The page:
In the macro-economic sense, the decision by the Kroger Company to close its store on Romany bears little note. In the close-knit group of neighborhoods of Chevy Chase, this was change — for some, momentous change — all within walking distance.
Through the courtesy of Christ the King Cathedral, we hosted a well-attended community forum Sept. 15. It was a great meeting with tremendous exchange of pertinent information among a group numbering 150 strong. We talked about the area zoning designations and current usage. Folks vented. Memories were recalled.
Then the blessing of the human spirit set in and we began to talk about the logistics for some community events to help keep the neighborhood connected. Then came the spontaneous listing of other grocers and thoughts of what use might best befit the venerable grocery building. Not many uses other than another grocery needs were shared. Understandable.
Let's step back for a moment and consider the state of change in Lexington just now.
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Daily, the new Summit project on Nicholasville Road and Man o' War takes shape. After years of retail on the right side of Nicholasville Road, this is a big left turn. Huge acreage once tended is now under permanent harvest.
We have been lucky enough to lure Dr. Michael Karpf to the University of Kentucky to build the medical center the way he did in Westwood, Calif., for the UCLA Medical Center. He must now feel second to the best sandbox builder ever, UK president Eli Capilouto.
The University of Kentucky is 150 years old this year and no one has done more to make it a bricks-and-mortar university than its current president. He's rebuilding the school to a standard that is envious — on purpose. The campus is changing and will find favor among the millennial cap-and-gown clientele.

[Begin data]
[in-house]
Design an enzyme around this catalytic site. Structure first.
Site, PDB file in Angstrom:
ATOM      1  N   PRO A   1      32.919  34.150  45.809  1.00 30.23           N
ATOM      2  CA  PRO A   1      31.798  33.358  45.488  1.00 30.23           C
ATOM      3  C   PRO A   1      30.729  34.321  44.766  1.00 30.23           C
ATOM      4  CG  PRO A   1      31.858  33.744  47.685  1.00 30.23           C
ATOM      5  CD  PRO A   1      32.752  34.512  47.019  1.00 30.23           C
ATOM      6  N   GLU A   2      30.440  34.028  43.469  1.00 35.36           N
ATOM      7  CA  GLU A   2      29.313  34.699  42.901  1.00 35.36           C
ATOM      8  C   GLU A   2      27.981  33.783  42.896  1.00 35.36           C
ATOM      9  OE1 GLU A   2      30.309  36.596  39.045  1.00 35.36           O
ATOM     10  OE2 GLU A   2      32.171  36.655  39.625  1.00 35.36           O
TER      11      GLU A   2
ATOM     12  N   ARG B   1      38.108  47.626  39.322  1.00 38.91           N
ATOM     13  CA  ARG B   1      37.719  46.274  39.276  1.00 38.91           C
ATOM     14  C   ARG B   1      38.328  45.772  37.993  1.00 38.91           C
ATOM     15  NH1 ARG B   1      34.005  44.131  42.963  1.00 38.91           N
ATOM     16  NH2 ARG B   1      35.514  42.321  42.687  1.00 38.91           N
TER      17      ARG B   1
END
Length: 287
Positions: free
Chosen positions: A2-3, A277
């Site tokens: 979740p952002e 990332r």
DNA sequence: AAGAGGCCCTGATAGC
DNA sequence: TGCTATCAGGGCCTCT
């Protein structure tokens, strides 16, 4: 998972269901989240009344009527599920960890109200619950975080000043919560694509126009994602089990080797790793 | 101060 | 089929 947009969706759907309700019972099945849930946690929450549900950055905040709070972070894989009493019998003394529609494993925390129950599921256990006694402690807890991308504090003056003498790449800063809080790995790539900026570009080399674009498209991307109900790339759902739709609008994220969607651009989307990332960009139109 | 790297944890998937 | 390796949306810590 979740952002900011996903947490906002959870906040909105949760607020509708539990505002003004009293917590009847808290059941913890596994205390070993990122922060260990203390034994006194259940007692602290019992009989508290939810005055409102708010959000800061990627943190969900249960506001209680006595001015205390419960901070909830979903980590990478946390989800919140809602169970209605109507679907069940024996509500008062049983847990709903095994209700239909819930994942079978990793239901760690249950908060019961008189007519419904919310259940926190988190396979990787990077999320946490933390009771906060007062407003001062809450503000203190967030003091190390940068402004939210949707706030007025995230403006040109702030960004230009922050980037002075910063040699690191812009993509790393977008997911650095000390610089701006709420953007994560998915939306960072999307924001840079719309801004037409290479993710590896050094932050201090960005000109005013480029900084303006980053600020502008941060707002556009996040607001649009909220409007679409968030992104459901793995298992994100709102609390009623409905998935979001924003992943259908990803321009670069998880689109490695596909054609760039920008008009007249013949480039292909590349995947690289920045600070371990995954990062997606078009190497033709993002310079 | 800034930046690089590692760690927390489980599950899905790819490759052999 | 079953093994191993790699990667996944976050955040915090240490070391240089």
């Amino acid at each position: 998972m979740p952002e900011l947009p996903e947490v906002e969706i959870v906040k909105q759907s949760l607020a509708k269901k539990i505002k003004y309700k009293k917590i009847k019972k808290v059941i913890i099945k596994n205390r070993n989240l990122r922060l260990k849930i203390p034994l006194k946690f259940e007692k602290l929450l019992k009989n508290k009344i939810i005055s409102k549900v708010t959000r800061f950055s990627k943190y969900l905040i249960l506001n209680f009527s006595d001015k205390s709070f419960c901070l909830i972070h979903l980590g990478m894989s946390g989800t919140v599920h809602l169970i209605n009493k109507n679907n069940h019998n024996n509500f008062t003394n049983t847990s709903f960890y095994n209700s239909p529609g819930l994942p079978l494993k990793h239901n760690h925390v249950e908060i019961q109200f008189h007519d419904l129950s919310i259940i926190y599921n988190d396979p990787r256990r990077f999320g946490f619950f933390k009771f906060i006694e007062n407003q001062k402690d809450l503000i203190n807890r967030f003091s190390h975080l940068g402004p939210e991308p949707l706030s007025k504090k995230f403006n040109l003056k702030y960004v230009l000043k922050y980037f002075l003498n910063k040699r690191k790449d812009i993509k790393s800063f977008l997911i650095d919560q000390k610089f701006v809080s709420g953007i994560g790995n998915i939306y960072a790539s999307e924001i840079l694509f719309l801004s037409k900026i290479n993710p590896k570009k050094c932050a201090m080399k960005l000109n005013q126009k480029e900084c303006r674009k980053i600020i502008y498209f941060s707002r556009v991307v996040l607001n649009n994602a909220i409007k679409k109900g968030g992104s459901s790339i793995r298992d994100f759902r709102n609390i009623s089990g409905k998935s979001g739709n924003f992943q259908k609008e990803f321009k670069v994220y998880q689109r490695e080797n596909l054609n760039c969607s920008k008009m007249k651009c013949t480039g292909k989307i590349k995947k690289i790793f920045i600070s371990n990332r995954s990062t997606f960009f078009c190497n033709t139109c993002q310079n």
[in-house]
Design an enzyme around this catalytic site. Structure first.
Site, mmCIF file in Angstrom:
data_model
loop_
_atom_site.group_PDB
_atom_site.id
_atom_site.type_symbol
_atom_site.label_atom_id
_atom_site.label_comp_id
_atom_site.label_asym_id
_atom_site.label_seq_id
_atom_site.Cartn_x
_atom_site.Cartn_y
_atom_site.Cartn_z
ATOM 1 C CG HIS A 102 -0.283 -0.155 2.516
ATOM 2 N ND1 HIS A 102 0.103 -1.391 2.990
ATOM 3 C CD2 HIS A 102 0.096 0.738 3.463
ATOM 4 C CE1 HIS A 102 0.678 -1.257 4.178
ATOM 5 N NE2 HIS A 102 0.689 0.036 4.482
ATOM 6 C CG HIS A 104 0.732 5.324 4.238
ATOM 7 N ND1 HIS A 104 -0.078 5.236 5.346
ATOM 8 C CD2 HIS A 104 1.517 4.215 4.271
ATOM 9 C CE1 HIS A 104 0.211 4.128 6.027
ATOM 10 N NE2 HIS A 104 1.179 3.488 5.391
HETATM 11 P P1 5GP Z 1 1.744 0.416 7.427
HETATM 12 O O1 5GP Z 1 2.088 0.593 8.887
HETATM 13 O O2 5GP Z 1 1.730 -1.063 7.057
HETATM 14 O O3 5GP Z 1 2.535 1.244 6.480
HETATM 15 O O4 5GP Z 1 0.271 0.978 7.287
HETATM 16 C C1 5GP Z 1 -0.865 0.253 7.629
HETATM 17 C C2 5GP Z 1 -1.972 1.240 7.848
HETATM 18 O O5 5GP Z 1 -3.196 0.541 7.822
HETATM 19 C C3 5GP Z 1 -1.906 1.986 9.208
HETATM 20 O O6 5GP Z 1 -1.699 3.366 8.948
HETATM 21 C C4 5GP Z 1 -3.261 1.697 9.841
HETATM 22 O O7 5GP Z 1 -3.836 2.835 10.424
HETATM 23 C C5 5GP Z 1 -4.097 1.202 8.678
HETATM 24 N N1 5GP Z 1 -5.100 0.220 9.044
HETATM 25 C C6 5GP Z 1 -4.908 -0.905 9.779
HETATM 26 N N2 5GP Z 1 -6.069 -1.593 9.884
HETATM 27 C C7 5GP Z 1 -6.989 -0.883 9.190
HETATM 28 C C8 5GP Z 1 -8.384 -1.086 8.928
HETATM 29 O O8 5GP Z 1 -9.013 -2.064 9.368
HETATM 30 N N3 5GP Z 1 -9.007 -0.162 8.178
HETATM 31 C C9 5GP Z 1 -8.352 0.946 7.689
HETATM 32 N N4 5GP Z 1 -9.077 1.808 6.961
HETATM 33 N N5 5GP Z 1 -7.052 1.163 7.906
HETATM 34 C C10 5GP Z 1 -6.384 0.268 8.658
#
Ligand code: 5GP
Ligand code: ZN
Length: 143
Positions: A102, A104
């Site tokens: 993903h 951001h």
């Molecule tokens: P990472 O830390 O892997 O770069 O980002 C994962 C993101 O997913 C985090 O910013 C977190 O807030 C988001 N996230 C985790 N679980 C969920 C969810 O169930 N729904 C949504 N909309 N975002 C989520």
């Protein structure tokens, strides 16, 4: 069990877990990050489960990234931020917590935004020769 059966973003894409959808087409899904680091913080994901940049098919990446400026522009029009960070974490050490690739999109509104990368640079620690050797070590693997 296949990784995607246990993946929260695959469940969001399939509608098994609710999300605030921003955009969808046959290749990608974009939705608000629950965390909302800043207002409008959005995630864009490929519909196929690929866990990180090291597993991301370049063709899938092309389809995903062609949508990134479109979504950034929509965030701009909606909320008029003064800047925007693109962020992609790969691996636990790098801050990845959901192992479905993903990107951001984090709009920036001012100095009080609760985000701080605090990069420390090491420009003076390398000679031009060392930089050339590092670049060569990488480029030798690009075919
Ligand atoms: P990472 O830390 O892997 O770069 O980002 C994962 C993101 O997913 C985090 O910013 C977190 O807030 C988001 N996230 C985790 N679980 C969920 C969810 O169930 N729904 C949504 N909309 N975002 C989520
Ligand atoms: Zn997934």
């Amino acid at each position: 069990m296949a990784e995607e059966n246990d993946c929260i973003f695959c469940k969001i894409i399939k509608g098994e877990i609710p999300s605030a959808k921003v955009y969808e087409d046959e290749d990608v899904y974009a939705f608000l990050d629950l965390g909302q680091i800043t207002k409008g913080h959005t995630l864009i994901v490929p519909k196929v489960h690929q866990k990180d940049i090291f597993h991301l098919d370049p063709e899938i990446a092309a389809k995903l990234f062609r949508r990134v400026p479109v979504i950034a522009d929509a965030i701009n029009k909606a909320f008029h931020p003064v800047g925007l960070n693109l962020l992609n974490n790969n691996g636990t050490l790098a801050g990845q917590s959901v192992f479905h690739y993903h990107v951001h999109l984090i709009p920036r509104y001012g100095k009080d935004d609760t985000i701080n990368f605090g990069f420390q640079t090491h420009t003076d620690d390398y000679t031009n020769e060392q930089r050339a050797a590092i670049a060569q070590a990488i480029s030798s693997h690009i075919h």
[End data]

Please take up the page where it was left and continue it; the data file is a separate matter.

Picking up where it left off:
Our mayor would love to effect change at that rate and he is qualified to do so. Today he is the level change agent who blends what was with what can be. Rupp Arena change may have stalled, but the more transformative Town Branch Commons continues to capture the public's imagination. That change will repurpose downtown and continue revitalization of an already reenergized city core.
So what does that have to do with the smallest Kroger closing?
No matter where you live in Lexington, the sense of community and belonging is of utmost importance. When your market closes, change just happened to you.
In our community meeting, we moved beyond the current and into the possible.
That is where Lexington is today. We are leaving the safe confines of "town" behind and becoming a city among the rich horse, cow and agriculture farms which are enticing and to be preserved.
Our neighborhood will work to find a new market, and other neighborhoods may have to also at some point.
Change here is sometimes in fits and starts; right now we are creating neighborhoods that weave community fabric into them.
We emphasize bike lanes and alternative transportation. We help create community gardens. We now tend to our corridors, planting and maintaining them as never before. Our upgraded snow plan will include clearing the government's own sidewalks, including those on Man o' War.
This is just a partial list of current change for the good, but it's not the whole picture. Lexington faces its share of challenges.
Change isn't for its own sake here. It's the key to a sustainable future. The revolution that gave us our name gives us our determination, too.
We will find a new neighborhood grocery and in so doing will make ourselves and Lexington the better for it.